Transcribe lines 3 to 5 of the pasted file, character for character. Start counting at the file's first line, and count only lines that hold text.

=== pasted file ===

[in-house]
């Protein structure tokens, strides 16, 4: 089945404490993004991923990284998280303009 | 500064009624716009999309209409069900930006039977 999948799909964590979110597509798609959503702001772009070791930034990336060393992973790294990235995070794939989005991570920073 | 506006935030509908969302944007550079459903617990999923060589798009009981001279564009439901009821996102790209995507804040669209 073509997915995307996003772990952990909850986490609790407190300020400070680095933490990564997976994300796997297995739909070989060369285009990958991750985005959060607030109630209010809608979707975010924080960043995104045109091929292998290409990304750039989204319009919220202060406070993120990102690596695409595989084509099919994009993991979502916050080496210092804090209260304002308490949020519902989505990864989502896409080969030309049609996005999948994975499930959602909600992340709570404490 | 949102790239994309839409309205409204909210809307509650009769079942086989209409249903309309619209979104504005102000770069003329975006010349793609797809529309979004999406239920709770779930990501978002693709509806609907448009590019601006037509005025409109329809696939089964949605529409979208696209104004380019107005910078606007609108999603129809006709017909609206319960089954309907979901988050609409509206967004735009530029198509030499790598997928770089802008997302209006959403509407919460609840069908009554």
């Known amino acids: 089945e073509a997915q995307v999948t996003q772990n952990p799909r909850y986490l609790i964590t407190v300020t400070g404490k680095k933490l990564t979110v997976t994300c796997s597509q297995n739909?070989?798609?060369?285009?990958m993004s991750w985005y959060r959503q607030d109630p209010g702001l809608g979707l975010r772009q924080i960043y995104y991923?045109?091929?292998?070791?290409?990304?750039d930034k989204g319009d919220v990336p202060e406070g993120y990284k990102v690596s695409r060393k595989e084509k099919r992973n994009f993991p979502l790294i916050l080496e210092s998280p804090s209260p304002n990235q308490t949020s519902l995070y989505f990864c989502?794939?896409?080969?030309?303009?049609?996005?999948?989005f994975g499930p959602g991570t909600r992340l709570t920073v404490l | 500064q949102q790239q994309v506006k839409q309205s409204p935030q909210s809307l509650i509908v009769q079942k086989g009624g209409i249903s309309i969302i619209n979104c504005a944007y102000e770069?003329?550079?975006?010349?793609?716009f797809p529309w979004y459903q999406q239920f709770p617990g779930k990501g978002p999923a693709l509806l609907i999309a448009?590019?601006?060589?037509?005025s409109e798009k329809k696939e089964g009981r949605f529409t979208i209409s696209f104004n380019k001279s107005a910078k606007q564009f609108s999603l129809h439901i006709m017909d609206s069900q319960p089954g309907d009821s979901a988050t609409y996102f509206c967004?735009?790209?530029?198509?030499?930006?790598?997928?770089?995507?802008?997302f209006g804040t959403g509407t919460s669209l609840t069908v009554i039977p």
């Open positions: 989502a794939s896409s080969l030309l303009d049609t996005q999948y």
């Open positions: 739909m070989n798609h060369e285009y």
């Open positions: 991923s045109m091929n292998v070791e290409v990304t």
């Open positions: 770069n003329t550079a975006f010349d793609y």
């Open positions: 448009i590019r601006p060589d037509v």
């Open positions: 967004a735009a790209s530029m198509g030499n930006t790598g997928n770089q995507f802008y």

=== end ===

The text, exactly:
């Known amino acids: 089945e073509a997915q995307v999948t996003q772990n952990p799909r909850y986490l609790i964590t407190v300020t400070g404490k680095k933490l990564t979110v997976t994300c796997s597509q297995n739909?070989?798609?060369?285009?990958m993004s991750w985005y959060r959503q607030d109630p209010g702001l809608g979707l975010r772009q924080i960043y995104y991923?045109?091929?292998?070791?290409?990304?750039d930034k989204g319009d919220v990336p202060e406070g993120y990284k990102v690596s695409r060393k595989e084509k099919r992973n994009f993991p979502l790294i916050l080496e210092s998280p804090s209260p304002n990235q308490t949020s519902l995070y989505f990864c989502?794939?896409?080969?030309?303009?049609?996005?999948?989005f994975g499930p959602g991570t909600r992340l709570t920073v404490l | 500064q949102q790239q994309v506006k839409q309205s409204p935030q909210s809307l509650i509908v009769q079942k086989g009624g209409i249903s309309i969302i619209n979104c504005a944007y102000e770069?003329?550079?975006?010349?793609?716009f797809p529309w979004y459903q999406q239920f709770p617990g779930k990501g978002p999923a693709l509806l609907i999309a448009?590019?601006?060589?037509?005025s409109e798009k329809k696939e089964g009981r949605f529409t979208i209409s696209f104004n380019k001279s107005a910078k606007q564009f609108s999603l129809h439901i006709m017909d609206s069900q319960p089954g309907d009821s979901a988050t609409y996102f509206c967004?735009?790209?530029?198509?030499?930006?790598?997928?770089?995507?802008?997302f209006g804040t959403g509407t919460s669209l609840t069908v009554i039977p």
């Open positions: 989502a794939s896409s080969l030309l303009d049609t996005q999948y």
């Open positions: 739909m070989n798609h060369e285009y």